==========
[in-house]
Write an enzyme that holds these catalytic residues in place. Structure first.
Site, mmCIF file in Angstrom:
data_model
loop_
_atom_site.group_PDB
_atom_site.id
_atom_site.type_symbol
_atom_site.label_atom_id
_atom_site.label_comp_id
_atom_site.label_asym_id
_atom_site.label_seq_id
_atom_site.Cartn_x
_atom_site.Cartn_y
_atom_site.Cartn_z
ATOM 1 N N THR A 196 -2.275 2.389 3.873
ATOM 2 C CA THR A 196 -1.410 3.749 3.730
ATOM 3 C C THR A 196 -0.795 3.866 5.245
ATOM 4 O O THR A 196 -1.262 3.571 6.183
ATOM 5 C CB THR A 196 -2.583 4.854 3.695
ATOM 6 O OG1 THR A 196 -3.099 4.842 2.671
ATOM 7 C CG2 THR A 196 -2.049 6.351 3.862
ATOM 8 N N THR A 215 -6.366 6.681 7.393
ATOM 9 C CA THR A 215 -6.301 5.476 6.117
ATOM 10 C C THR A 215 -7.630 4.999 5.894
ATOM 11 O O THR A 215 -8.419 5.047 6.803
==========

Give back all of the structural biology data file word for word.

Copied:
[in-house]
Write an enzyme that holds these catalytic residues in place. Structure first.
Site, mmCIF file in Angstrom:
data_model
loop_
_atom_site.group_PDB
_atom_site.id
_atom_site.type_symbol
_atom_site.label_atom_id
_atom_site.label_comp_id
_atom_site.label_asym_id
_atom_site.label_seq_id
_atom_site.Cartn_x
_atom_site.Cartn_y
_atom_site.Cartn_z
ATOM 1 N N THR A 196 -2.275 2.389 3.873
ATOM 2 C CA THR A 196 -1.410 3.749 3.730
ATOM 3 C C THR A 196 -0.795 3.866 5.245
ATOM 4 O O THR A 196 -1.262 3.571 6.183
ATOM 5 C CB THR A 196 -2.583 4.854 3.695
ATOM 6 O OG1 THR A 196 -3.099 4.842 2.671
ATOM 7 C CG2 THR A 196 -2.049 6.351 3.862
ATOM 8 N N THR A 215 -6.366 6.681 7.393
ATOM 9 C CA THR A 215 -6.301 5.476 6.117
ATOM 10 C C THR A 215 -7.630 4.999 5.894
ATOM 11 O O THR A 215 -8.419 5.047 6.803